One of the more useful behaviors a dog can learn is to leave things alone when asked. Dogs and especially puppies, explore the world with their mouth. Leave It is one of the very first exercises I began working on with Willow when she joined our home.
The cue, Leave It, as a finished behavior in our house means: Whatever it is you’re looking at this very moment, turn away from it and look back at me and don’t go back toward what you were looking at.” In our home we use it with both our dogs when they get a bit too interested in our four furry felines, when Willow is about to use her mouth on some forbidden object or on a walk when we come near trash and a myriad of other instances.
You can begin practicing this with a toy or as we do in class, with a yummy piece of dried beef liver, which is usually a very high value food for a dog. With your dog on leash and at your side, show the piece of liver to the dog, let her sniff and/or lick it and as you place it under the ball of your foot, say “Leave It” in a happy tone of voice. You will say the “Leave It” cue only ONE TIME. If your dog is like mine, she’ll begin sniffing your foot and trying to get her tongue under your shoe.
Your job, as the trainer, is to be patient, say nothing, and wait for the very instance when she does anything other than going after the liver under your foot. The moment she looks away, you’ll say Yes! (or better yet, Click & Treat) and feed her apiece of very yummy pea-sized food (we normally use turkey Natural Balance soft dog food, but cheese and hotdogs work well too). The goal of this exercise is to say “yes” and treat her continually for ANYTHING other than going after the liver. If she looks left, say “Yes” and treat. If she looks right, say “Yes” and treat. If she looks at you, say “Yes” and treat. After the first time she looks away from the liver and gets reinforced for NOT going after the liver, she begins to think, “Oh, if I don’t go after that liver, I get something else yummy” causing her to leave the liver alone for longer periods of time. After a few rounds of this, pick up the liver from under your foot and begin another repetition of the exercise. This is when you can use the “Leave It” cue again. Remember that you say the cue once and only once as you’re placing the liver under your foot.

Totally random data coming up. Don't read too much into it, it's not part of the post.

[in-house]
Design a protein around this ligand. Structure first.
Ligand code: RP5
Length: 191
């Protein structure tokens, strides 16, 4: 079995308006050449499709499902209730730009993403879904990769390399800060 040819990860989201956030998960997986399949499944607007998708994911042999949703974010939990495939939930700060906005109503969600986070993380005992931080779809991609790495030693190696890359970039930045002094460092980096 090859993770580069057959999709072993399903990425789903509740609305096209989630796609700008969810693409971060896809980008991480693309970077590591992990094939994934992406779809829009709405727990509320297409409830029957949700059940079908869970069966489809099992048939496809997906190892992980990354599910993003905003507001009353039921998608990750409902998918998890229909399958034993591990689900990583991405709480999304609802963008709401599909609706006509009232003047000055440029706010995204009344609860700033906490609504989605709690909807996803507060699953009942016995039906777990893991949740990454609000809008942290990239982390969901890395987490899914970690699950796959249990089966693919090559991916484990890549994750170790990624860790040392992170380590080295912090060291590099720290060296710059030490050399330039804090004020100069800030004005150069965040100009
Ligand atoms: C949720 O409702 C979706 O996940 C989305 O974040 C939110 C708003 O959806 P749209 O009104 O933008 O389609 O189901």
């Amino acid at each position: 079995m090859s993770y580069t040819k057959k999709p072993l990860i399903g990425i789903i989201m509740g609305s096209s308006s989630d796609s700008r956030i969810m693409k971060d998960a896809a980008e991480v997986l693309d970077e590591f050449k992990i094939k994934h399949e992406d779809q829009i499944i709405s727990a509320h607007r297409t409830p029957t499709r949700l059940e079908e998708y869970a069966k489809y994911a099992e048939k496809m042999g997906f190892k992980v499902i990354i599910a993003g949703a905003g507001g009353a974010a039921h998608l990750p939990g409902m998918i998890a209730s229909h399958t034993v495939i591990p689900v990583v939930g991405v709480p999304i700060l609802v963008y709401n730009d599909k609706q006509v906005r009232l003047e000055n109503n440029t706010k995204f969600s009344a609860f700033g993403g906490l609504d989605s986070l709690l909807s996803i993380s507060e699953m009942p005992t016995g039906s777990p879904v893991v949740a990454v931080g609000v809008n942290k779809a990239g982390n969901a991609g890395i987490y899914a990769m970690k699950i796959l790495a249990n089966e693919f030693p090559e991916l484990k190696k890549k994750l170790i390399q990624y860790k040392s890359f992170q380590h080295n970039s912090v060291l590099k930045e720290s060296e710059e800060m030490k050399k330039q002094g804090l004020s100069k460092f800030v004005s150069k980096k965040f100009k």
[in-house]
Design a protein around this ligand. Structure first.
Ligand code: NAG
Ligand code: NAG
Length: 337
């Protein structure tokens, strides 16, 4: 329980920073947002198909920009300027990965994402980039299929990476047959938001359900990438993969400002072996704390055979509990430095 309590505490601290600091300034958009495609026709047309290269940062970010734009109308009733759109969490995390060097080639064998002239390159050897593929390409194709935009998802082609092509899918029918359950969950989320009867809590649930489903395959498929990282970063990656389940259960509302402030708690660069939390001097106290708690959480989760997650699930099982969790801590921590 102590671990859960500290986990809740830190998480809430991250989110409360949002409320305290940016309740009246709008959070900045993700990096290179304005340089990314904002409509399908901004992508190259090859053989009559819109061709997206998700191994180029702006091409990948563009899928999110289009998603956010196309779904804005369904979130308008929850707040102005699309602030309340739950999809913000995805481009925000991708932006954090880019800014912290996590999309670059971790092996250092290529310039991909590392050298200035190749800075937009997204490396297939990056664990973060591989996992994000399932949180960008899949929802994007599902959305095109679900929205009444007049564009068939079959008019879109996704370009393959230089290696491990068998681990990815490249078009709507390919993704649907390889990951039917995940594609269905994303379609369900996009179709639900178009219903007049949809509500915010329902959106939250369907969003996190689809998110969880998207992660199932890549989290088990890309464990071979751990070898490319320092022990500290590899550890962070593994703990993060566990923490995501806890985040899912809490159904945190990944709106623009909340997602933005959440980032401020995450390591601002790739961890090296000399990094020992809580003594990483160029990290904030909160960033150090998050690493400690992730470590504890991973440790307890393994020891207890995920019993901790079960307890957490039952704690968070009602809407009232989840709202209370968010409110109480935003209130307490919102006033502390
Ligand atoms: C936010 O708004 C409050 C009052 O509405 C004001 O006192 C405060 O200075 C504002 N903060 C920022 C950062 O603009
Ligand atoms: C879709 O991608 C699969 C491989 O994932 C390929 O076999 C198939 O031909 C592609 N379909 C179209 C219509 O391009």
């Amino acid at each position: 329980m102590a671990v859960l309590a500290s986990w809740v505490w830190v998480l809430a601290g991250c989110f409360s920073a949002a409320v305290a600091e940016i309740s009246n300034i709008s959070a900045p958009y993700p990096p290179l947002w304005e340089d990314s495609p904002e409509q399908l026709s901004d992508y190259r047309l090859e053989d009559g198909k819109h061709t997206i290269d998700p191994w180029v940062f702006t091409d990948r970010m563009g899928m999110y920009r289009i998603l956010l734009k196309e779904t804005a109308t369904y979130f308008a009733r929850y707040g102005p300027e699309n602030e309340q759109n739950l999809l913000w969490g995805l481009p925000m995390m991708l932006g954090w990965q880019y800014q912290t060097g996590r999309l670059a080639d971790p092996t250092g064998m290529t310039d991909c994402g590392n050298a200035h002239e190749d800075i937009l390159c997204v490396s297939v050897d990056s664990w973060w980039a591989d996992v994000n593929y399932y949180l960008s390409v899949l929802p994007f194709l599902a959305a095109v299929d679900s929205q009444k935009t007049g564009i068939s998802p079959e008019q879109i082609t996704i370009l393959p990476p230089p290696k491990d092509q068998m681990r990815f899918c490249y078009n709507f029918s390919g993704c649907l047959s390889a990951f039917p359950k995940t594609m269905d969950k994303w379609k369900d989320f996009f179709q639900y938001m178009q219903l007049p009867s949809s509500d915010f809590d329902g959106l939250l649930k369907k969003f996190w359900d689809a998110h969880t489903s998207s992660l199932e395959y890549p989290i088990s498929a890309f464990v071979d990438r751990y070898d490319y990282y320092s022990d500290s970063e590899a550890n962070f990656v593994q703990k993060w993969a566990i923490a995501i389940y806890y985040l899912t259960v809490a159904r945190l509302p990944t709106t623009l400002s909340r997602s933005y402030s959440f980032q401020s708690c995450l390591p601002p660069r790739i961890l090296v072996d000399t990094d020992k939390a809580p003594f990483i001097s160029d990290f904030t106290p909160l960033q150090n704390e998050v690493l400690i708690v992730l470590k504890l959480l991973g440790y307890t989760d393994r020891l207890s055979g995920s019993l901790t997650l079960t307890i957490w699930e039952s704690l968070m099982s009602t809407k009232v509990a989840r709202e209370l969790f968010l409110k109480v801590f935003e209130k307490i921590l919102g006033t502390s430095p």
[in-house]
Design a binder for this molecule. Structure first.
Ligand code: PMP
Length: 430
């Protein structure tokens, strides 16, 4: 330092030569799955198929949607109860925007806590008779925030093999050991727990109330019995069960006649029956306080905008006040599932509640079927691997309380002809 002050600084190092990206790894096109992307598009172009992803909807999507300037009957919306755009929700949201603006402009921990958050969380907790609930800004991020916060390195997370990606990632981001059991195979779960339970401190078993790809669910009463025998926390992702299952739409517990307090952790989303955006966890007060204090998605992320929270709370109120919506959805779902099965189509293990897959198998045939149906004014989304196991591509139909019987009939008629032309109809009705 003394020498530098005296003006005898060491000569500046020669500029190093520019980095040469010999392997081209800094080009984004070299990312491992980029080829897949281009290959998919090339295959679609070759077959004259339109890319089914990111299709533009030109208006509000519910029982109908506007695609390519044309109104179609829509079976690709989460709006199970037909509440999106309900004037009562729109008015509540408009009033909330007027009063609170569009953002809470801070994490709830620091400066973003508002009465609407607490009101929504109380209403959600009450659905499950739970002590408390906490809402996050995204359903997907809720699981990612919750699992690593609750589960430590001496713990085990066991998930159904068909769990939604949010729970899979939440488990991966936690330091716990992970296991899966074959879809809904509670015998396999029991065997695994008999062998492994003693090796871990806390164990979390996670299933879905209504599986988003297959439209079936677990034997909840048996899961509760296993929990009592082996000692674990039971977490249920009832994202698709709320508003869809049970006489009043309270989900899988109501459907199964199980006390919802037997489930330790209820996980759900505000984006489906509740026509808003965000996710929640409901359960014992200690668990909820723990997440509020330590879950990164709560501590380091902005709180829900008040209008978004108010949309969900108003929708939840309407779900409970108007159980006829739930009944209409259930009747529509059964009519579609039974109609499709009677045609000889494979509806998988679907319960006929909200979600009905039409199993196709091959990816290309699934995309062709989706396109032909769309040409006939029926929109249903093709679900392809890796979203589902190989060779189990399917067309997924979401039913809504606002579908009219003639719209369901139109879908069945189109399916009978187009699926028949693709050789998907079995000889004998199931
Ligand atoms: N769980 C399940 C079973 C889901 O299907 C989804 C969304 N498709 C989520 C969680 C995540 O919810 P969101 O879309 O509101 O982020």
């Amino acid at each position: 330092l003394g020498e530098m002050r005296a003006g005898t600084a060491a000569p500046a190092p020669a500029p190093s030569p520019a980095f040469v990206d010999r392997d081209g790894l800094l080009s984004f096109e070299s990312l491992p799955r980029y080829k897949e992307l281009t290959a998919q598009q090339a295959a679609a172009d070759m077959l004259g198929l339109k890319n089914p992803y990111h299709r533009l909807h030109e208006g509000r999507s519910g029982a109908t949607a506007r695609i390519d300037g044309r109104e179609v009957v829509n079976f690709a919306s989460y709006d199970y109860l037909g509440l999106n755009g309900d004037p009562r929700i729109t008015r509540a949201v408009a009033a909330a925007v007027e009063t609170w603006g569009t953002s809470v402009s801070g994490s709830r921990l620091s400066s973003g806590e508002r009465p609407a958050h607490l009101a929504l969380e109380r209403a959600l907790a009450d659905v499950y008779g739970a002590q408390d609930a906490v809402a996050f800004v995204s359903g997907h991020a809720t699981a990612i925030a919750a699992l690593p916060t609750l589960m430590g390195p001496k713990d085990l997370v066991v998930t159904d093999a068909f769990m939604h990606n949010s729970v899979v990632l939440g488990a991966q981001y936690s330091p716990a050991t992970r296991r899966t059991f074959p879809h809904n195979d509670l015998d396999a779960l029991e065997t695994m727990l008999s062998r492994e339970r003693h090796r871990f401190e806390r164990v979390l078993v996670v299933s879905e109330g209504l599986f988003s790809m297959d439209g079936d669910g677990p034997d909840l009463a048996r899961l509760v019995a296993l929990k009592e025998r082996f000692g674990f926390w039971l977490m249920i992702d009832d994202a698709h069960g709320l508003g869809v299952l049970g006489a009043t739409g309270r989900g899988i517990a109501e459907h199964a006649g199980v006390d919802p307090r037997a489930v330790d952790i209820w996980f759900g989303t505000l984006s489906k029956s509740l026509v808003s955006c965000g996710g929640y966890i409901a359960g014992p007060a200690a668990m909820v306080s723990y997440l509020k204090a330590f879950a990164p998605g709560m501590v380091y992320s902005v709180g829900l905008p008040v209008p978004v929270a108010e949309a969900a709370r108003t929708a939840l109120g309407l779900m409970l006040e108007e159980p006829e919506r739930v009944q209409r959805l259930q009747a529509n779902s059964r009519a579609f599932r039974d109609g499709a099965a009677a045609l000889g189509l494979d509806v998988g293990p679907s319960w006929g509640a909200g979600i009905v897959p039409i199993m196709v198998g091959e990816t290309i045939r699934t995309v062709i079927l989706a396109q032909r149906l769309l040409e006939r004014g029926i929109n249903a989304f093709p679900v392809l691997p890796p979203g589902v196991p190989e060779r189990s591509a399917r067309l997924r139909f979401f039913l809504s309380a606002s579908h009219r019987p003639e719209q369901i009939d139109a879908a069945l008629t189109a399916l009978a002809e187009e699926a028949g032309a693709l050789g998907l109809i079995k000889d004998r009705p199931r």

Once your dog is doing well and beginning to focus more on you than the liver under your foot, you can uncover the liver, leaving it exposed. But…….be ready to immediately cover it back up if your dog decides to race toward the liver. If this happens, YOU SAY NOTHING, and merely put your foot back over the liver. Then, the moment your dog looks away, say “Yes” and reinforce her with that yummy treat.
Our clients tell us that this is one of the most useful exercises they learn in class. The funniest real life story is that the day after Halloween, a client walked in and was elated because her expensive Halloween fangs were saved by this simple, but important “Leave It” cue. Happy Training!
Lisa Lyle Waggoner is a CPDT-KA, a Certified Separation Anxiety Trainer, a Pat Miller Certified Trainer-Level 2, a dog*tec Certified Dog Walker and Faculty for the Victoria Stilwell Academy of dog training and behavior. She’s the founder of Cold Nose College in Murphy, North Carolina. She enjoys providing behavior consulting and training solutions to clients in the tri-state area of North Carolina, Georgia and Tennessee, as well as offering educational opportunities for dog trainers and dog hobbyists throughout the U.S. www.coldnosecollege.com